Managing Grief and Anxiety

Grief and anxiety can cause intense emotional pain that could make individuals feel helpless or overwhelmed. However, there are various ways of managing the two emotional states.

Get Support

It is essential to have a support system network comprising family, friends, or professionals. Dealing with grief and anxiety alone can exacerbate the situation. Having someone to talk to, whether about daily life or the grief and anxiety, can help relieve pressure and prevent some of the negative symptoms.

Cognitive Behavioural Therapy

Cognitive Behavioural Therapy (CBT) is a common form of talking therapy that aims to alter negative behaviour and thought patterns. CBT helps individuals identify and understand negative thoughts and behaviours and learn healthier ways of dealing with them.

Mindfulness and Meditation

Engaging in mindfulness and meditation is another excellent way to alleviate the symptoms of grief and anxiety. Meditation helps individuals focus on the present moment, enabling them to relax and reduce the impact of past or future events.

Healthy Diet and Exercise

Physical activities such as yoga or exercise help alleviate anxiety symptoms by releasing feel-good hormones. A healthy diet can also help reduce inflammation in the brain and boost serotonin levels in the body.

Try Something New

Trying out something new, whether it is a hobby or a skill, can help distract individuals from their anxiety or grief symptoms. Engaging in activities that they enjoy can boost their mood, provide a sense of accomplishment, and boost their overall happiness.

Conclusion

Anxiety and grief are common emotional states that individuals experience at different times in their lives. While these two emotional states can cause profound emotional pain, they are manageable with the right approach. If the symptoms of anxiety or grief persist or interfere with daily life, it could be essential to seek professional help before they worsen.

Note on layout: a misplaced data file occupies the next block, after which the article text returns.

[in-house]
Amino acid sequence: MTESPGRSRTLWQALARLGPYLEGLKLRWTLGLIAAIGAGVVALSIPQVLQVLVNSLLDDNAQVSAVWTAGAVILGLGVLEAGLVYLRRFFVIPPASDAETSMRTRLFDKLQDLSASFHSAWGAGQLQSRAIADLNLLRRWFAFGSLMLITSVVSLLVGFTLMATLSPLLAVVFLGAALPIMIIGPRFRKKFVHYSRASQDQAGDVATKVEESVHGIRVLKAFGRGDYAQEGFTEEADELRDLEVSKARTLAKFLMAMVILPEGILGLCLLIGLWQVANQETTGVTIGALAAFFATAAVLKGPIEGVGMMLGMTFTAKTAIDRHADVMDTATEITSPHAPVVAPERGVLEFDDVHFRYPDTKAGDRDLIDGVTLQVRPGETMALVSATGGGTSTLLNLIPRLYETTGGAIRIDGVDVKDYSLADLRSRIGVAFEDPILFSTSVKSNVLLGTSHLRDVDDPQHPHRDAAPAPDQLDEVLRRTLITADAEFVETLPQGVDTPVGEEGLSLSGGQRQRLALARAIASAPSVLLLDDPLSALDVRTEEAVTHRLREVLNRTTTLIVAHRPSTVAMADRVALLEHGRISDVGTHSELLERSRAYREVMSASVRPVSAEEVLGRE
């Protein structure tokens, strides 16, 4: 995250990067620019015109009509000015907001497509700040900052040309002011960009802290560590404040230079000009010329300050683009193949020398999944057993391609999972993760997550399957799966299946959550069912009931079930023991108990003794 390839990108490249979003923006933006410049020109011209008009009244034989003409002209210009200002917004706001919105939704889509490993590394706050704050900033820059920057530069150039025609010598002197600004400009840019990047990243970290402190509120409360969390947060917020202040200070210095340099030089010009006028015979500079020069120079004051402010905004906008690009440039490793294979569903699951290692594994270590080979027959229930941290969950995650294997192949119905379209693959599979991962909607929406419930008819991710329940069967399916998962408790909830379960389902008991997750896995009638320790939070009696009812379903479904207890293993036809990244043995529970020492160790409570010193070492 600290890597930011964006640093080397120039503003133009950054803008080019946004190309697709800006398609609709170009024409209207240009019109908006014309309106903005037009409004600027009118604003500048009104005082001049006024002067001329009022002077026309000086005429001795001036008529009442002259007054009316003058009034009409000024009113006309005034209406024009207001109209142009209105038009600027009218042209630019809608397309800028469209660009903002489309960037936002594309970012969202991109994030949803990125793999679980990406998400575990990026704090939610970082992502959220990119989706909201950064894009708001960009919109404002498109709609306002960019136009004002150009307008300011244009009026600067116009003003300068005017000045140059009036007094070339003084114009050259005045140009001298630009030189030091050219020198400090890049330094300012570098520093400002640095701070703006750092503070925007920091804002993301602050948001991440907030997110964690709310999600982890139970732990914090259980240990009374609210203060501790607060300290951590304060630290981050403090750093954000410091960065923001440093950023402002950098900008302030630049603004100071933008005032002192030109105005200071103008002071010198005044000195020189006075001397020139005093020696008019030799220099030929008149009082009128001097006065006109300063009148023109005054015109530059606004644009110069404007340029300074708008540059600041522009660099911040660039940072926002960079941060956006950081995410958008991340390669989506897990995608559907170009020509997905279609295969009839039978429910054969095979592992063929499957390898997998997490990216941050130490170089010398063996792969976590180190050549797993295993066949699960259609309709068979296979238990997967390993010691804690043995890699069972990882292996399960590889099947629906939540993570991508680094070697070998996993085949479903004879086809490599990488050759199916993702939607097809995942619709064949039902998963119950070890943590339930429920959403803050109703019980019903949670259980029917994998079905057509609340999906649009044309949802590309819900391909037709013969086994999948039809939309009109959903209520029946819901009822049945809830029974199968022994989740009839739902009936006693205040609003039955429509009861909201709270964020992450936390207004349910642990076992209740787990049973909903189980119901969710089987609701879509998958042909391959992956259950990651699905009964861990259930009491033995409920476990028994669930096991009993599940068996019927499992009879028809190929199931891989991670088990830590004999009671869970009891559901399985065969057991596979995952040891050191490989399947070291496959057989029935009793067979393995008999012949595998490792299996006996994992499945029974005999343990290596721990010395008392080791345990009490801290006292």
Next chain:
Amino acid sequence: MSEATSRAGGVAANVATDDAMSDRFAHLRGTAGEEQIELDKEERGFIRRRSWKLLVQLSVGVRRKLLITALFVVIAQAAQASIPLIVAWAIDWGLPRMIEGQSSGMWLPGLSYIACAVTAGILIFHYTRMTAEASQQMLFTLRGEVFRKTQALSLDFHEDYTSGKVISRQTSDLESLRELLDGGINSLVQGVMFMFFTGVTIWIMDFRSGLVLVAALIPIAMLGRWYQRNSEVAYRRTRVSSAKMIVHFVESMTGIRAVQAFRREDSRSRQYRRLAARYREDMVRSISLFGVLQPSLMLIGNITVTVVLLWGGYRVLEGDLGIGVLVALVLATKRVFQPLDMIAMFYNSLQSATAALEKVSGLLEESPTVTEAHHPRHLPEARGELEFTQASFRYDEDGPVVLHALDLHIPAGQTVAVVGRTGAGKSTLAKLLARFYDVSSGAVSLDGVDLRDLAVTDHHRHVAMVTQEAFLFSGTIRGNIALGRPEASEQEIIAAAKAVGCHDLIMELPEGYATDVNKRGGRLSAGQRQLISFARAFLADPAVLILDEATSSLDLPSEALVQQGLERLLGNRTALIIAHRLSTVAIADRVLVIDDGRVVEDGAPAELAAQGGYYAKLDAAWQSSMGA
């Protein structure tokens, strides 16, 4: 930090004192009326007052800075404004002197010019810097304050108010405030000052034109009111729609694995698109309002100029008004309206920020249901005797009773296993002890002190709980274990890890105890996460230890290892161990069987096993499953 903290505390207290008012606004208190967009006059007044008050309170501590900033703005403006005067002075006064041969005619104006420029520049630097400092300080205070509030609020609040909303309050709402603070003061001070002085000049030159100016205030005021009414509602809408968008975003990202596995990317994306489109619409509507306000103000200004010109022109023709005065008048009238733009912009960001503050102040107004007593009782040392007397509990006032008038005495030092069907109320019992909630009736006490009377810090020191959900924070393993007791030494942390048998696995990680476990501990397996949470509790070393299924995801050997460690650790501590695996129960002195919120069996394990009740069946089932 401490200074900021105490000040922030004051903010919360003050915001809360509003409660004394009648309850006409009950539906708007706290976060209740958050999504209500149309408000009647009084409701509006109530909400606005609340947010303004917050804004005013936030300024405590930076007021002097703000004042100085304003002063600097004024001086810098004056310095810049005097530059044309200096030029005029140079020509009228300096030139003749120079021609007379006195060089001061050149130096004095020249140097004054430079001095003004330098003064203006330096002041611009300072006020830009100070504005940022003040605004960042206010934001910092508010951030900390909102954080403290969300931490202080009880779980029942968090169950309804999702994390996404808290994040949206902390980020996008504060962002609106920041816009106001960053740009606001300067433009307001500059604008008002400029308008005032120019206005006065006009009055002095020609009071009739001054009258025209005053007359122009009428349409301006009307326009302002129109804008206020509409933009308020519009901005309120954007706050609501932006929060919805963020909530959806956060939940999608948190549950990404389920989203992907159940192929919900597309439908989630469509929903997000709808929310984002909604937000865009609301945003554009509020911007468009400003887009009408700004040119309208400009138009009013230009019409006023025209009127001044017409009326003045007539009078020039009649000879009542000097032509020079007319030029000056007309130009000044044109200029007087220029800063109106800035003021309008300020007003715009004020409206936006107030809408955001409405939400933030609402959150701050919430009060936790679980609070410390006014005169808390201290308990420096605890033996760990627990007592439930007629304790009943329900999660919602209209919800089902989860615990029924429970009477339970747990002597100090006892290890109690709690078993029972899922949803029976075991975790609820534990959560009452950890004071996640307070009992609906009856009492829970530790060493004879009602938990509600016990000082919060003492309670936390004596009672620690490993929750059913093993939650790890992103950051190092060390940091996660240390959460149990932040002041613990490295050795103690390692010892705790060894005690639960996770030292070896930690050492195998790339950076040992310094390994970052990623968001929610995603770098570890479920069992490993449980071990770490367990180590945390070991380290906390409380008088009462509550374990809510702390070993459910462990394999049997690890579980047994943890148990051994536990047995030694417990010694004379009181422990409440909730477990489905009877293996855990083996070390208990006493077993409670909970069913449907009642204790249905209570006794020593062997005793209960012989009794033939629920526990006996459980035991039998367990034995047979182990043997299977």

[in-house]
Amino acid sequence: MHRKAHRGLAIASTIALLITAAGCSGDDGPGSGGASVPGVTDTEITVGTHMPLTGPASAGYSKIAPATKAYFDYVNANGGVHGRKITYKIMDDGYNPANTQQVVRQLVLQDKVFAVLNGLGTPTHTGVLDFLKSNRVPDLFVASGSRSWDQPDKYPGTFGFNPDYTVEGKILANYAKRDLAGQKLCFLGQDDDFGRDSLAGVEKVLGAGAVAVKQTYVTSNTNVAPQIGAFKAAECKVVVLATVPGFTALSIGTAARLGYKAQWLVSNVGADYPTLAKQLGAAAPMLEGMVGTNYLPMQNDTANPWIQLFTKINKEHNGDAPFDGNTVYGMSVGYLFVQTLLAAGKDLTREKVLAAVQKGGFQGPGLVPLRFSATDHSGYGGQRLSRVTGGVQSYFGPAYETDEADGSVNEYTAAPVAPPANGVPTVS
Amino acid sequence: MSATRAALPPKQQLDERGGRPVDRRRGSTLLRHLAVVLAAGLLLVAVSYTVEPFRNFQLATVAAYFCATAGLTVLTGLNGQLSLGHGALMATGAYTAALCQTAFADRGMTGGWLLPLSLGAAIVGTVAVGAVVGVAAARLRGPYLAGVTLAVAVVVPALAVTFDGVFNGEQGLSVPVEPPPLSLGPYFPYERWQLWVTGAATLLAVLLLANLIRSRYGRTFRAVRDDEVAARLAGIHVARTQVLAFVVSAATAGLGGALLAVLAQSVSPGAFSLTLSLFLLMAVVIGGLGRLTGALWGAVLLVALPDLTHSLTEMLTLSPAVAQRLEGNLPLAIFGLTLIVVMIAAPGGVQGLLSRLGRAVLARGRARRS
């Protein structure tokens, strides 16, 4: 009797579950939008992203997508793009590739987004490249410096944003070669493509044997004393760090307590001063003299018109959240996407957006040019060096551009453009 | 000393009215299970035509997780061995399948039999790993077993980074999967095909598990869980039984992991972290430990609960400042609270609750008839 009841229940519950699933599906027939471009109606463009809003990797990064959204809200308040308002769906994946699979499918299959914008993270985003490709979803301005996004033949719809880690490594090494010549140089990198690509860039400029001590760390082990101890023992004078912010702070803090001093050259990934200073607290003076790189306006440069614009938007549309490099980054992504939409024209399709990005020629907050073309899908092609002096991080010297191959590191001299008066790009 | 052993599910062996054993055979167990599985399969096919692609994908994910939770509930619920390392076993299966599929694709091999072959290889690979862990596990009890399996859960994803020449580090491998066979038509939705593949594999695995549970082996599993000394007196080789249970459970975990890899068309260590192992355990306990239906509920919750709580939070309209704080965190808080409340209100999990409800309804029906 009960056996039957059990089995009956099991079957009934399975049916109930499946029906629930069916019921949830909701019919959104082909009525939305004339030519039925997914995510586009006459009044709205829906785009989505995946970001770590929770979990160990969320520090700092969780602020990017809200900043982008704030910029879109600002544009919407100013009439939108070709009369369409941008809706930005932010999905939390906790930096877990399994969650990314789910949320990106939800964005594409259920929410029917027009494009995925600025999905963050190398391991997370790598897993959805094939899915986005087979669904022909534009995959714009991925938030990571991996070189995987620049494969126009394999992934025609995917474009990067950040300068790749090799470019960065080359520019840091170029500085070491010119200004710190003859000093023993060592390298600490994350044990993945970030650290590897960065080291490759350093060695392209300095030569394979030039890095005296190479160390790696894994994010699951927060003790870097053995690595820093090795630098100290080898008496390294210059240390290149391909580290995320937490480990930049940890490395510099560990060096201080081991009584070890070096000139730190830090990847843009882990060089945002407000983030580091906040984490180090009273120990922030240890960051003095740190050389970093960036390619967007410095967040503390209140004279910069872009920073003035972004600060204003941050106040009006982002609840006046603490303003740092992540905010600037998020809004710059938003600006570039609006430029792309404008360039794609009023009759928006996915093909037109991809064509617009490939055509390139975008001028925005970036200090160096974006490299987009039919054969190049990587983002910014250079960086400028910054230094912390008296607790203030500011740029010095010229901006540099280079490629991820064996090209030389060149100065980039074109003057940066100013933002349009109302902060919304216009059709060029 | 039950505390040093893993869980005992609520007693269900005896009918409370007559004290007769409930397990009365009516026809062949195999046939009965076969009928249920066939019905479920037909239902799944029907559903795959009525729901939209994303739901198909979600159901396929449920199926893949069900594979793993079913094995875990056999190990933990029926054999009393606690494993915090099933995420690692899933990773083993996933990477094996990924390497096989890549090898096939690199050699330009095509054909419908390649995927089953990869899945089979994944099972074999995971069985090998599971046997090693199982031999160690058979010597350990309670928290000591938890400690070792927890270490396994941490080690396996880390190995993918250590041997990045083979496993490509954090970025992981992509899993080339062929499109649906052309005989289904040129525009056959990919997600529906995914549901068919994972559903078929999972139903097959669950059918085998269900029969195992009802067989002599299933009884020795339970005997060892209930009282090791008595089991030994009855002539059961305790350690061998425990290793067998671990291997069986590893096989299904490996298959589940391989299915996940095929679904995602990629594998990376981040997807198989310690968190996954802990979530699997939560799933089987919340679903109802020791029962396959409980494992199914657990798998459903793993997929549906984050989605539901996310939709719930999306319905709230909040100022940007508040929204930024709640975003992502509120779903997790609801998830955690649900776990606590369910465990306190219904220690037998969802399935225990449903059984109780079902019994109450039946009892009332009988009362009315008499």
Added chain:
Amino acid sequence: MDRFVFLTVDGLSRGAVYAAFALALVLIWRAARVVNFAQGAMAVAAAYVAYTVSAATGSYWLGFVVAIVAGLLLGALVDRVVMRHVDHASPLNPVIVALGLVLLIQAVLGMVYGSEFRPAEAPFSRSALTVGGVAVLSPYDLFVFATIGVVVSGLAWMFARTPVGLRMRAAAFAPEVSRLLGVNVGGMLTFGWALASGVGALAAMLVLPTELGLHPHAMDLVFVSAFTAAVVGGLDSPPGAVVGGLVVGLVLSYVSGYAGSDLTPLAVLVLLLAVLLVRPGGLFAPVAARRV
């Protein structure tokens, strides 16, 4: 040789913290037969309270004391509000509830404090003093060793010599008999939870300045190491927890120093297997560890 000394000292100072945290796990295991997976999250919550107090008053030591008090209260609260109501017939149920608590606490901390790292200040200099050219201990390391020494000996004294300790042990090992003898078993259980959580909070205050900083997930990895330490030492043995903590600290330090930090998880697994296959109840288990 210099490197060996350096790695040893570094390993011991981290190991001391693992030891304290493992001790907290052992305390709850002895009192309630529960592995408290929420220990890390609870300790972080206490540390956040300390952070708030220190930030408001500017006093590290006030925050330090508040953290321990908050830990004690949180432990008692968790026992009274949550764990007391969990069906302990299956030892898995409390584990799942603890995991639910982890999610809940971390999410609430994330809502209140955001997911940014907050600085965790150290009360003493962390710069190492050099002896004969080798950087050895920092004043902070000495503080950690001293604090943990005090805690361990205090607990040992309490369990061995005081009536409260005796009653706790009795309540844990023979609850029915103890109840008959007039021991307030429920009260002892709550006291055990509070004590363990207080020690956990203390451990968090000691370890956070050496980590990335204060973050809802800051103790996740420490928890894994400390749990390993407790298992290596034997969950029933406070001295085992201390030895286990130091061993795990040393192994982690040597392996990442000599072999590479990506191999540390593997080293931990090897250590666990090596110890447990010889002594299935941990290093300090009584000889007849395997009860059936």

FAQs

Frequently Asked Questions about Grief and Anxiety

What is the link between grief and anxiety?

Grief and anxiety commonly appear together, as experiencing a significant loss can lead to feelings of worry, fear, and uncertainty. Anxiety can often complicate the grieving process, making it harder to cope and slowing down the progress of healing.

How can one manage anxiety during the grieving process?

It’s essential to take care of oneself during the grieving process, especially when dealing with anxiety. Engaging in self-care activities such as exercise, connecting with loved ones, seeking support from a therapist, and practicing relaxation techniques can effectively alleviate anxiety symptoms.

When should one seek professional help for their grief and anxiety?

It’s normal to experience grief and anxiety during the grieving process. However, suppose it persists or interferes with one’s daily life. In that case, it might be helpful to seek professional help. If the symptoms are uncomfortable and are getting in the way of functioning or causing significant distress, it’s vital to talk to a mental health professional to receive personalised support.


References

1. Bonanno, G. A., & Kaltman, S. (2001). The varieties of grief experience. Clinical Psychology Review, 21(5), 705-734.
2. Shear, K., Ghesquiere, A., & Glickman, K. (2013). Bereavement and anxiety. Current Psychiatry Reports, 15(8), 1-6.
3. Prigerson, H. G., Bierhals, A. J., Kasl, S. V., Reynolds, C. F., Shear, M. K., & Day, N. (1996). Traumatic grief as a risk factor for mental and physical morbidity. The American Journal of Psychiatry, 153(4), 527-533.